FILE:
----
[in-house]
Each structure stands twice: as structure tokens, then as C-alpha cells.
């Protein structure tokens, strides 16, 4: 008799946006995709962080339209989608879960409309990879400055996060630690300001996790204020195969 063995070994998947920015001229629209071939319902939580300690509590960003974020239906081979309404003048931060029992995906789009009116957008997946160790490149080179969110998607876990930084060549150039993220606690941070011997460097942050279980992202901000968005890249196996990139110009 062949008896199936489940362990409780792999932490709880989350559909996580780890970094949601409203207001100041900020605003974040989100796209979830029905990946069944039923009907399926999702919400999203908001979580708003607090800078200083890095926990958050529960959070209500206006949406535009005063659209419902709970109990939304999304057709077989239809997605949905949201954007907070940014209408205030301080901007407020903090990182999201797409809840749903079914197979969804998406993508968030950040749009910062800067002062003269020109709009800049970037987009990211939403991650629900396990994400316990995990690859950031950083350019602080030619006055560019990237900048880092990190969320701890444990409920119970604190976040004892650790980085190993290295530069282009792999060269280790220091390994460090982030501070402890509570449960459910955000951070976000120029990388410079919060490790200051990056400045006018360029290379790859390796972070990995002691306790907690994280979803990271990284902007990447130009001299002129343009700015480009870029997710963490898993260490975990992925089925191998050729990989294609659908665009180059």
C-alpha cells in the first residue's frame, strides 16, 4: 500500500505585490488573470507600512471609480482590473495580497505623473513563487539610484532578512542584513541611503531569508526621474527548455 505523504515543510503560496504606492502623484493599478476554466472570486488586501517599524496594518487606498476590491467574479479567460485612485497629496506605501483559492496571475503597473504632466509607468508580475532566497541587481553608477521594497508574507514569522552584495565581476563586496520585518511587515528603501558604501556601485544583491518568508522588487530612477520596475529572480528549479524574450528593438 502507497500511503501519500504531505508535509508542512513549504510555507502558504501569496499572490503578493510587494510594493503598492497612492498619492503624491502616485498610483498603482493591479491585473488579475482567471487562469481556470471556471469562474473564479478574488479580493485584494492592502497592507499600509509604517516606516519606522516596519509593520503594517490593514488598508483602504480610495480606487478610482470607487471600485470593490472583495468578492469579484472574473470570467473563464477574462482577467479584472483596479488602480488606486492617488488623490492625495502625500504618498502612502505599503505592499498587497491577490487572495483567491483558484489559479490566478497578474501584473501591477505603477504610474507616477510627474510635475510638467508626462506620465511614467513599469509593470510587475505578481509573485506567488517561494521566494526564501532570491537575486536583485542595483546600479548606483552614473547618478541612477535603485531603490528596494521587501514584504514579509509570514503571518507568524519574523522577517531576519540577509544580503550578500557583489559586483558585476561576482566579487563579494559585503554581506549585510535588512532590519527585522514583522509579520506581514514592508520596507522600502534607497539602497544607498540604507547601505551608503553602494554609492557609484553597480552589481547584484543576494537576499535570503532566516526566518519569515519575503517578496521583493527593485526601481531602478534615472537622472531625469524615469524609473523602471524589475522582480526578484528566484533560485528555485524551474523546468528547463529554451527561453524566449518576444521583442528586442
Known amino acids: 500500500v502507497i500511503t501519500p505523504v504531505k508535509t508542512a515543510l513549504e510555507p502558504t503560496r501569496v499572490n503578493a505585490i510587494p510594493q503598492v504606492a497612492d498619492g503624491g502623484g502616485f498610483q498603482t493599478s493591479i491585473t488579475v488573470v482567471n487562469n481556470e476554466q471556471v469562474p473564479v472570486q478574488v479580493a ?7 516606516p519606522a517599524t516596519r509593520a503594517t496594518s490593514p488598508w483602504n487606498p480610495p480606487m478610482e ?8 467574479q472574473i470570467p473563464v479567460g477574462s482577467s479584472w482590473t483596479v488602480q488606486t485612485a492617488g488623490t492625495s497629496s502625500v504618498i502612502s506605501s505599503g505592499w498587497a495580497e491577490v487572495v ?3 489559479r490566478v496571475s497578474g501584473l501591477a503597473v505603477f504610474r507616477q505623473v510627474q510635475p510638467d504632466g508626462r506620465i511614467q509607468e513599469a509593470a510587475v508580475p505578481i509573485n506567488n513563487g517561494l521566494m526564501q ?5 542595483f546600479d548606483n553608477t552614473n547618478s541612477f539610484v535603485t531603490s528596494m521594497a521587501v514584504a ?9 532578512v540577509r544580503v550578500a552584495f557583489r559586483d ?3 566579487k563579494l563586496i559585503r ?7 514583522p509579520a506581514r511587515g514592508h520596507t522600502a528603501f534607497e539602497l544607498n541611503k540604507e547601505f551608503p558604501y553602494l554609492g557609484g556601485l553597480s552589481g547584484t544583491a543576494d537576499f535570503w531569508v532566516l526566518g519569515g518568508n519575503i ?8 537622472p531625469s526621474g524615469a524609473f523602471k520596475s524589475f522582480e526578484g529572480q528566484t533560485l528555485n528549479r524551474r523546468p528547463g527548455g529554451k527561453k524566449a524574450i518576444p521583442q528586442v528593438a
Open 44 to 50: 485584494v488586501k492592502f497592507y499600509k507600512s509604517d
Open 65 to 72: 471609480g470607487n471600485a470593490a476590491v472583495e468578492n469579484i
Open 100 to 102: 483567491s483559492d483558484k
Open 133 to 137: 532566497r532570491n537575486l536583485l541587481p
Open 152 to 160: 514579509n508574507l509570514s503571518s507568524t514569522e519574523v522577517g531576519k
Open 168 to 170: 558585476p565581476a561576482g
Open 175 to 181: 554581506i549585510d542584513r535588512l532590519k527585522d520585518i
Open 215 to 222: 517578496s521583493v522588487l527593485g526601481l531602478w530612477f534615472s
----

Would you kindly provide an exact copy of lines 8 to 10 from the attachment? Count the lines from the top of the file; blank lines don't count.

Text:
Open 100 to 102: 483567491s483559492d483558484k
Open 133 to 137: 532566497r532570491n537575486l536583485l541587481p
Open 152 to 160: 514579509n508574507l509570514s503571518s507568524t514569522e519574523v522577517g531576519k